All the World's a Stage at the Atlanta Shakespeare Company

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Photo Source: Atlanta Shakespeare Company

Jeff Watkins, artistic director of the Atlanta Shakespeare Company, can't help but show his love of the Bard. "It's just such terrific, juicy stuff," he gushes. And indeed, a solid box office and legions of local fans agree. We spoke to Watkins about the theater troupe, its Apprentice Company, and what we can look forward to in the coming months.

Tell us a little bit about the company.
We're a 240-seat thrust playhouse, with table seating and food and drinks.Though we're not strictly a dinner theater, since there's no service during the performance. Still, people often come and stay the day. We do 12 to 16 productions a year and have 22 full-time members—many of whom have full-time jobs here. We're also the only American Shakespeare company to perform the entire 39-play canon.

How were you able to do that?
Well, Shakespeare for the past 30 to 40 years has been the purview of the conceptual director. We call ourselves an "Original Practice Playhouse." We perform the plays as Shakespeare wrote them—we do very simple productions of great plays.
And a lot of the plays don't lend themselves to a conceptual approach. In the history plays, you lose the propaganda value. These were about reaffirming the right of Elizabeth and James' England. They're cautionary tales of what happens when you do not do your duty—the kingdom falls into disarray and you end up with Richard III. You can't honor that and put your individual stamp on it.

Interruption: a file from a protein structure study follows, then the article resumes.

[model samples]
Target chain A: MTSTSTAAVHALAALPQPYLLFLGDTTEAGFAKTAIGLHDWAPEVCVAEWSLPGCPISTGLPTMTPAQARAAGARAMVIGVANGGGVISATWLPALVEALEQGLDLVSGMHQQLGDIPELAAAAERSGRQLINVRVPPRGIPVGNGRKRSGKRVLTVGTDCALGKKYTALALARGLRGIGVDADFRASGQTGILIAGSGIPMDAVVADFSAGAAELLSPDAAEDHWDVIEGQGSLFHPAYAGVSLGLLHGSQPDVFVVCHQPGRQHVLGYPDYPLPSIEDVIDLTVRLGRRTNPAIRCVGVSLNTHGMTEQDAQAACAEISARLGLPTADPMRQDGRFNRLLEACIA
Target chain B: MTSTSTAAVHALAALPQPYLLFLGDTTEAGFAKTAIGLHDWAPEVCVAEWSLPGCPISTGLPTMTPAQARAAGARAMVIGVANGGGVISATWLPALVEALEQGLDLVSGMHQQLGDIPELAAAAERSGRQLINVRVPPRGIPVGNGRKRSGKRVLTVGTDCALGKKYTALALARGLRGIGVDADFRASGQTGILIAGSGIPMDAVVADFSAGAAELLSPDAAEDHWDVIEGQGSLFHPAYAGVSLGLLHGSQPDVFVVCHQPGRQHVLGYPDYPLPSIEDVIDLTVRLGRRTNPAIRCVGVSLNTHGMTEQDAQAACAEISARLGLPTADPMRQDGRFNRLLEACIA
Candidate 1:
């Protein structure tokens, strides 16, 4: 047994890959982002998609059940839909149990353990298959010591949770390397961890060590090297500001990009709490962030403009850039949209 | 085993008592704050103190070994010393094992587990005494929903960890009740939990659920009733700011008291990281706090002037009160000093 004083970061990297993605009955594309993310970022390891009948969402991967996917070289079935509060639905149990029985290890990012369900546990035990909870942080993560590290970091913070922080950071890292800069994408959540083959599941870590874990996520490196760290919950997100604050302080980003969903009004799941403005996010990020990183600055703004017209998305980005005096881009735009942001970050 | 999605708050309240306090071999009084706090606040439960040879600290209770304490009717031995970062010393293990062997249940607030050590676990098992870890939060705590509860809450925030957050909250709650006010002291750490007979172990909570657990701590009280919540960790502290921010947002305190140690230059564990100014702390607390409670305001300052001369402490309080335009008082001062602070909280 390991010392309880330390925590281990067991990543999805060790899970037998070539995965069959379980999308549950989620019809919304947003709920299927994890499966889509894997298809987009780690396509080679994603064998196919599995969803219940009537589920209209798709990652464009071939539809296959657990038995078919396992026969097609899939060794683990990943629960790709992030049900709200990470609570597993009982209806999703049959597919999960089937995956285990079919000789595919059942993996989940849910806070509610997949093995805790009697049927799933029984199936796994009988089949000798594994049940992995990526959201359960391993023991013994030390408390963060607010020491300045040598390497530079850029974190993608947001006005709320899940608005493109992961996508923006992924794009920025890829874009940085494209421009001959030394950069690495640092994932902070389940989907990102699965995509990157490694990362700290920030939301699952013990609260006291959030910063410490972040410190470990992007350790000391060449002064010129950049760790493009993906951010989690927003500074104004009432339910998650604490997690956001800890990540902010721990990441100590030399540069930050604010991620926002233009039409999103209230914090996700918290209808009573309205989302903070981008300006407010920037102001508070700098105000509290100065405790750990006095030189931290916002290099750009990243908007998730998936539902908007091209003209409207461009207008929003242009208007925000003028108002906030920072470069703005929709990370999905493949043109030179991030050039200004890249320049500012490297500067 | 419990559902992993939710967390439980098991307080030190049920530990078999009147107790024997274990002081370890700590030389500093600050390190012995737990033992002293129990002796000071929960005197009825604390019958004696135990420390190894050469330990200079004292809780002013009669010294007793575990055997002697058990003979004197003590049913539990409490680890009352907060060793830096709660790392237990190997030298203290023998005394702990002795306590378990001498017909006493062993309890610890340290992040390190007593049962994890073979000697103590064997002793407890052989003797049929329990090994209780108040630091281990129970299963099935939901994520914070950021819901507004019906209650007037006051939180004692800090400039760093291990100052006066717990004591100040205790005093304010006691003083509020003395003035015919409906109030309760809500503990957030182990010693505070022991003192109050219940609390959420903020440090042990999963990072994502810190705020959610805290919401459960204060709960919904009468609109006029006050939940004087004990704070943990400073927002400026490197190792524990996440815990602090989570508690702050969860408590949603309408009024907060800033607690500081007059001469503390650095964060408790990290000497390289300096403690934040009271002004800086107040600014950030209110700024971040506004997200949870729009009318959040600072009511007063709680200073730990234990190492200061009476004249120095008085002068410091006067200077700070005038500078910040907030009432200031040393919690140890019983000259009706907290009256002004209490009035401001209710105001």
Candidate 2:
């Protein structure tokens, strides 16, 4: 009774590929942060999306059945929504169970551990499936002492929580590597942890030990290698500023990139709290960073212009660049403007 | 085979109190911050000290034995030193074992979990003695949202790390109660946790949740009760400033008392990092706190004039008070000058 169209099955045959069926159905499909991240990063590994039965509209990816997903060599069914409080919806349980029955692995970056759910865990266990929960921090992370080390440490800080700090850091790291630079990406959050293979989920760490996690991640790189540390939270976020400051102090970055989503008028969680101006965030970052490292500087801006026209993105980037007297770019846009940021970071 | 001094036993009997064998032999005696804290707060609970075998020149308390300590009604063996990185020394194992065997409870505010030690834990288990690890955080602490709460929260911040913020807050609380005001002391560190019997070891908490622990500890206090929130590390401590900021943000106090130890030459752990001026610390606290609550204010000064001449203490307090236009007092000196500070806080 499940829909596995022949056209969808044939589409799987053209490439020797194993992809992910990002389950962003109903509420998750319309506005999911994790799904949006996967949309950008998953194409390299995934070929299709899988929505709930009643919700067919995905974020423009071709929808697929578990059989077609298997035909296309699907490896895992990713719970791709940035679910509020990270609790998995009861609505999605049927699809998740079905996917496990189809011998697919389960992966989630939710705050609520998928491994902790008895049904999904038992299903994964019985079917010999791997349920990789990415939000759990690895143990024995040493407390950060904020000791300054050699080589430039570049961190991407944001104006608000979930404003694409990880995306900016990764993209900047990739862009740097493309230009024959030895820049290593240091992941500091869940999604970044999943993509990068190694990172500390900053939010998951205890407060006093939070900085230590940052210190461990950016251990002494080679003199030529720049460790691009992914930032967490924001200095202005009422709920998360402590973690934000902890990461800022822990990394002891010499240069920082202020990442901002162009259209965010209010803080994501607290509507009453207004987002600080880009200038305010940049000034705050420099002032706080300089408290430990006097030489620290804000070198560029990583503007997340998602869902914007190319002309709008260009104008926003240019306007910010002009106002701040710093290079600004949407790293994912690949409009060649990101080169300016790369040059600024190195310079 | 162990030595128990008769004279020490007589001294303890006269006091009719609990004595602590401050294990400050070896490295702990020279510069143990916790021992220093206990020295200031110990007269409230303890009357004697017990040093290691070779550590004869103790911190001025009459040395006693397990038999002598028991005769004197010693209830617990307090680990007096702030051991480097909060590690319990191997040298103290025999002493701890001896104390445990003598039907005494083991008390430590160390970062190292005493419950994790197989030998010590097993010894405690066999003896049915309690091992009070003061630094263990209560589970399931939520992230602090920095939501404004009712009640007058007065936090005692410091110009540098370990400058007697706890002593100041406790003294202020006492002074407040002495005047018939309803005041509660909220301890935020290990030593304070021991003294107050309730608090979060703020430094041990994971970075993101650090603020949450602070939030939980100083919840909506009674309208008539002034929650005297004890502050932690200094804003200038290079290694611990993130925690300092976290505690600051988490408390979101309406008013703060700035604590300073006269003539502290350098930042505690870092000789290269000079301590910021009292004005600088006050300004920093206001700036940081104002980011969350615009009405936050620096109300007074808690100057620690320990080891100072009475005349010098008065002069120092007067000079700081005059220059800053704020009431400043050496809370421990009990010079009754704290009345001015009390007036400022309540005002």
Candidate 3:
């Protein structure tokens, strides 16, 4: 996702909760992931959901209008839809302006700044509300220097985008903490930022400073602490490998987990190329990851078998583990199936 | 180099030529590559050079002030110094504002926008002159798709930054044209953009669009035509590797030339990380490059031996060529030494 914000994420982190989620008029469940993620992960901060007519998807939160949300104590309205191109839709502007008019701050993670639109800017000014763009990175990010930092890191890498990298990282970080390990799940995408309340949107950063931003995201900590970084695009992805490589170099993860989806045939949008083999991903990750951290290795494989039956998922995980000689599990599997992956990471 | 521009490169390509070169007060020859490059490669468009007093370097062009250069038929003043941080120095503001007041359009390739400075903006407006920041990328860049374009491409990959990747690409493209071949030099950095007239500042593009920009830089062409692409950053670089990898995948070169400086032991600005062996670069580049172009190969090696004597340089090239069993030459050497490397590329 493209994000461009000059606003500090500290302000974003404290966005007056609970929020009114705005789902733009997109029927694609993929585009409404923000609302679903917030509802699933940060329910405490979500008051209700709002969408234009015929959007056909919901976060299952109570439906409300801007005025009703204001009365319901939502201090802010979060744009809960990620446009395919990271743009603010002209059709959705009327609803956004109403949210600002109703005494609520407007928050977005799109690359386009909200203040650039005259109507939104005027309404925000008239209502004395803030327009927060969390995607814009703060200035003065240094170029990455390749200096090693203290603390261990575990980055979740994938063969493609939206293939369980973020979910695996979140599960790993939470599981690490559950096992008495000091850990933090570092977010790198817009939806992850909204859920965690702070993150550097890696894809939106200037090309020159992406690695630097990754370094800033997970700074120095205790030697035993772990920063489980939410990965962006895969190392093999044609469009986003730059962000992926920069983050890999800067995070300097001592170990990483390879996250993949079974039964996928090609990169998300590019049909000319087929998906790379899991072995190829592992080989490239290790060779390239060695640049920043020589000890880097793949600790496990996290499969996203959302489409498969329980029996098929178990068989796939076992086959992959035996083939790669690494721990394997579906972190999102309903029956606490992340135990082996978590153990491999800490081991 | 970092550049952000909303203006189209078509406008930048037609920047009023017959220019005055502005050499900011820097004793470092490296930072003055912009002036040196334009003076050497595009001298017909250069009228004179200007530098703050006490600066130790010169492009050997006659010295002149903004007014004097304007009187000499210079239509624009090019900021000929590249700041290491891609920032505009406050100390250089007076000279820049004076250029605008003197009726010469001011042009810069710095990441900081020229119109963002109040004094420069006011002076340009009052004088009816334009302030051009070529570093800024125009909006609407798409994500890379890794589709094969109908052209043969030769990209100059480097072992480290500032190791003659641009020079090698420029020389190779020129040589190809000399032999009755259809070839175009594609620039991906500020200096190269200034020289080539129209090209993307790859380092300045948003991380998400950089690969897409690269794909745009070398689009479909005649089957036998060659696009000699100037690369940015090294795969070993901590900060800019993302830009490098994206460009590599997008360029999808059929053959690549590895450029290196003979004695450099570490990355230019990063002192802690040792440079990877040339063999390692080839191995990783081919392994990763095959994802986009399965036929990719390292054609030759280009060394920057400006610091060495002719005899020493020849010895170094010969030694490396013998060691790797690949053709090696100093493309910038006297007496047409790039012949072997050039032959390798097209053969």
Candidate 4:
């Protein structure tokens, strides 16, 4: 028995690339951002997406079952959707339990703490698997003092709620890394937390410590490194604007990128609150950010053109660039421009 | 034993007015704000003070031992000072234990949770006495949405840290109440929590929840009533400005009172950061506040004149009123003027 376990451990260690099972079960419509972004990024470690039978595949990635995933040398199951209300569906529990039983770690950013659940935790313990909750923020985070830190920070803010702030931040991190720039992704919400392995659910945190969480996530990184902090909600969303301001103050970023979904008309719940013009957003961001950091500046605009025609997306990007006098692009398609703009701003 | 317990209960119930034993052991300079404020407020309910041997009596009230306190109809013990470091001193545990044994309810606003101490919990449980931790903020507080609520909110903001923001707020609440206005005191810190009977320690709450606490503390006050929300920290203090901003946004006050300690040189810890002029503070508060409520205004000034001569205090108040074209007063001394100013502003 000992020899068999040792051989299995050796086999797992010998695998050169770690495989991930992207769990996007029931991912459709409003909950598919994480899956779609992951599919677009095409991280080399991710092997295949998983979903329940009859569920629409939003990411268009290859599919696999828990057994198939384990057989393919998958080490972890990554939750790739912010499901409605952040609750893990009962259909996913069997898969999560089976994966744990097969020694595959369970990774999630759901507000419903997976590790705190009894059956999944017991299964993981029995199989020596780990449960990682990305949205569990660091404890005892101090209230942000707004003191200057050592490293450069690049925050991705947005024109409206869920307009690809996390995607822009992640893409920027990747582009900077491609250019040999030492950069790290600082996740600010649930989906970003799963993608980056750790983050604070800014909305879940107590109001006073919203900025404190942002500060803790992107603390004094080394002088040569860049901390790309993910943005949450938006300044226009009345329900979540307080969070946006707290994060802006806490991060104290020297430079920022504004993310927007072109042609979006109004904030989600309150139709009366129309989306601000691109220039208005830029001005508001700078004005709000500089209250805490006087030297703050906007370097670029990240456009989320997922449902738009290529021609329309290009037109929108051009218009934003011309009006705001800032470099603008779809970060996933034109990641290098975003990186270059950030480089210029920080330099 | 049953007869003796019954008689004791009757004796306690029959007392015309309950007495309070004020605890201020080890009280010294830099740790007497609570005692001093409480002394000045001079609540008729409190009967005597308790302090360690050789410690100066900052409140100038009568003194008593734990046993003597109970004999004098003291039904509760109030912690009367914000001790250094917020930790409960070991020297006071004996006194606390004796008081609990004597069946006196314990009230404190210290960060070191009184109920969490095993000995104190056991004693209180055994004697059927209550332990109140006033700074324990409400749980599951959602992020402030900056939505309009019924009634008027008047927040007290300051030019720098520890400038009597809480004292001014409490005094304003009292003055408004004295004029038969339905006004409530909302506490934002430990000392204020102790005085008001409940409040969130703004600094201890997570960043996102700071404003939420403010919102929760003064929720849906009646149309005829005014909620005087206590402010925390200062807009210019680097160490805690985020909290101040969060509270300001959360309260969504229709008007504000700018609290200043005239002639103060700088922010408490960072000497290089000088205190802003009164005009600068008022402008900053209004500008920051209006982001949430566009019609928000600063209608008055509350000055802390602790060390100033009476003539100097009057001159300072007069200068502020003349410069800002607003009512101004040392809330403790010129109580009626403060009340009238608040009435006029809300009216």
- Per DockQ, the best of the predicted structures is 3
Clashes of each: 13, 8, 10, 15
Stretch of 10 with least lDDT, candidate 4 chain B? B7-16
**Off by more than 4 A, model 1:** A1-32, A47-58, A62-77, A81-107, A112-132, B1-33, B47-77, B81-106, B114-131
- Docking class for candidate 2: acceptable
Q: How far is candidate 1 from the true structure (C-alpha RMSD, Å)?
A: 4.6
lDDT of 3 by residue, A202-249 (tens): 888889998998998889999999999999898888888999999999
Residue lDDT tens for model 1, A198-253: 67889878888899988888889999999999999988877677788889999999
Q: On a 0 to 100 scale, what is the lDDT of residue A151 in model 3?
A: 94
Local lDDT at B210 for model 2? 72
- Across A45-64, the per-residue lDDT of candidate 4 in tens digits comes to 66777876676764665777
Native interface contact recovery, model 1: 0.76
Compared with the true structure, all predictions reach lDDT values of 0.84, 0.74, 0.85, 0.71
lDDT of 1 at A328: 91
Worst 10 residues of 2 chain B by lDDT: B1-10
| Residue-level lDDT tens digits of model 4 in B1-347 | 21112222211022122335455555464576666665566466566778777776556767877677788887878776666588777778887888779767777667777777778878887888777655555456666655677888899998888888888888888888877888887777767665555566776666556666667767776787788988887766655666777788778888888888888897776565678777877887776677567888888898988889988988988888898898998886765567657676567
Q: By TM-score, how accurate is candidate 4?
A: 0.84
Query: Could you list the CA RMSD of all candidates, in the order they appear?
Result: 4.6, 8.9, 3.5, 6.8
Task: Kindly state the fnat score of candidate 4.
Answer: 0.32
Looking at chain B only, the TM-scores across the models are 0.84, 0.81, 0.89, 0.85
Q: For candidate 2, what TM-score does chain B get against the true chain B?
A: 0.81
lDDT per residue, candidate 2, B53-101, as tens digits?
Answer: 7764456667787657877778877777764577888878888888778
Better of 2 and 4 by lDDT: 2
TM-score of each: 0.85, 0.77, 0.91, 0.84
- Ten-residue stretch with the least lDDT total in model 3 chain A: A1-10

In addition to the performances, you also have an Apprentice Company. Can you talk a little bit about that?
The Apprentice Company is an eight-month gig where the chosen actors are paid for performance or work calls. It's a great chance for them to learn or beef up their Shakespeare skills. We also teach things like basic hand-to-hand combat, madrigal singing, trumpet fanfares, and what I call "recorder choirs."

The actors also learn the things we need in our company, like running a light board, assisting backstage, working the front of house. After eight months we hire the ones who are best qualified for what we do. And there are a lot of different avenues where they can remain employed. It's turned out to be an extraordinary thing for the company. About 80 to 90 percent of people who work here who are under 40 came from our Apprentice Program.
What type of actor are you looking for?
We're always looking for young actors, diversity, the next Juliet or Beatrice. A whole lot is attitude and openness and bravery. We're very interactive with our audience and we're not interested in rehearsed conversation. I think of us as having the precision of Mozart with the feeling of an improv show.

We do not spend a lot of time rehearsing—Shakespeare's company was in a hurry and so are we. You have to just jump in and run like hell. The young people really rise to that occasion when they know what is expected of them.

What do you have coming up?
We love Shakespeare Comedies in the summer! "As You Like It" and "A Midsummer Night's Dream" are always popular. The deeper, more complex works are better in the fall. High season, December to March, you can do all kinds of stuff. In the summer we do something that's light. And a whole lot of fun.
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